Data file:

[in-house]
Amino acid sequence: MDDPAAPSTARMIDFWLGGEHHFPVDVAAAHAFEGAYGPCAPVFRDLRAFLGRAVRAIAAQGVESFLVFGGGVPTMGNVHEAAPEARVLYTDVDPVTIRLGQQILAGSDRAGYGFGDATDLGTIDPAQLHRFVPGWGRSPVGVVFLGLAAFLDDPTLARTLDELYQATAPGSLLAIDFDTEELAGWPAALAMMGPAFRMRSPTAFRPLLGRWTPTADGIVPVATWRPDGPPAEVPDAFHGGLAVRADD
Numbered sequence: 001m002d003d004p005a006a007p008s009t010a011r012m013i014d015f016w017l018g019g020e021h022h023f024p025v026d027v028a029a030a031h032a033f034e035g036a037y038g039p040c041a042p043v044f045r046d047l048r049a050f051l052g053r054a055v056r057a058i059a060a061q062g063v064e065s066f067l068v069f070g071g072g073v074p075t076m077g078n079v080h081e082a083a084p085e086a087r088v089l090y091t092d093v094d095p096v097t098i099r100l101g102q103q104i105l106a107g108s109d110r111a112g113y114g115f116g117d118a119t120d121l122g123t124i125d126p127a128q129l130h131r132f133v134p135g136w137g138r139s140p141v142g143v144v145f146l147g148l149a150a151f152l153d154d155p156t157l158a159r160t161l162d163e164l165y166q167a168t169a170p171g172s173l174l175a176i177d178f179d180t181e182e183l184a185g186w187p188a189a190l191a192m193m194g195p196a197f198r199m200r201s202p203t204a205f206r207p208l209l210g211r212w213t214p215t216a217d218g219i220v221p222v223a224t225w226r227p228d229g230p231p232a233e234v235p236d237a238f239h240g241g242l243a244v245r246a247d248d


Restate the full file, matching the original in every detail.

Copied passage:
[in-house]
Amino acid sequence: MDDPAAPSTARMIDFWLGGEHHFPVDVAAAHAFEGAYGPCAPVFRDLRAFLGRAVRAIAAQGVESFLVFGGGVPTMGNVHEAAPEARVLYTDVDPVTIRLGQQILAGSDRAGYGFGDATDLGTIDPAQLHRFVPGWGRSPVGVVFLGLAAFLDDPTLARTLDELYQATAPGSLLAIDFDTEELAGWPAALAMMGPAFRMRSPTAFRPLLGRWTPTADGIVPVATWRPDGPPAEVPDAFHGGLAVRADD
Numbered sequence: 001m002d003d004p005a006a007p008s009t010a011r012m013i014d015f016w017l018g019g020e021h022h023f024p025v026d027v028a029a030a031h032a033f034e035g036a037y038g039p040c041a042p043v044f045r046d047l048r049a050f051l052g053r054a055v056r057a058i059a060a061q062g063v064e065s066f067l068v069f070g071g072g073v074p075t076m077g078n079v080h081e082a083a084p085e086a087r088v089l090y091t092d093v094d095p096v097t098i099r100l101g102q103q104i105l106a107g108s109d110r111a112g113y114g115f116g117d118a119t120d121l122g123t124i125d126p127a128q129l130h131r132f133v134p135g136w137g138r139s140p141v142g143v144v145f146l147g148l149a150a151f152l153d154d155p156t157l158a159r160t161l162d163e164l165y166q167a168t169a170p171g172s173l174l175a176i177d178f179d180t181e182e183l184a185g186w187p188a189a190l191a192m193m194g195p196a197f198r199m200r201s202p203t204a205f206r207p208l209l210g211r212w213t214p215t216a217d218g219i220v221p222v223a224t225w226r227p228d229g230p231p232a233e234v235p236d237a238f239h240g241g242l243a244v245r246a247d248d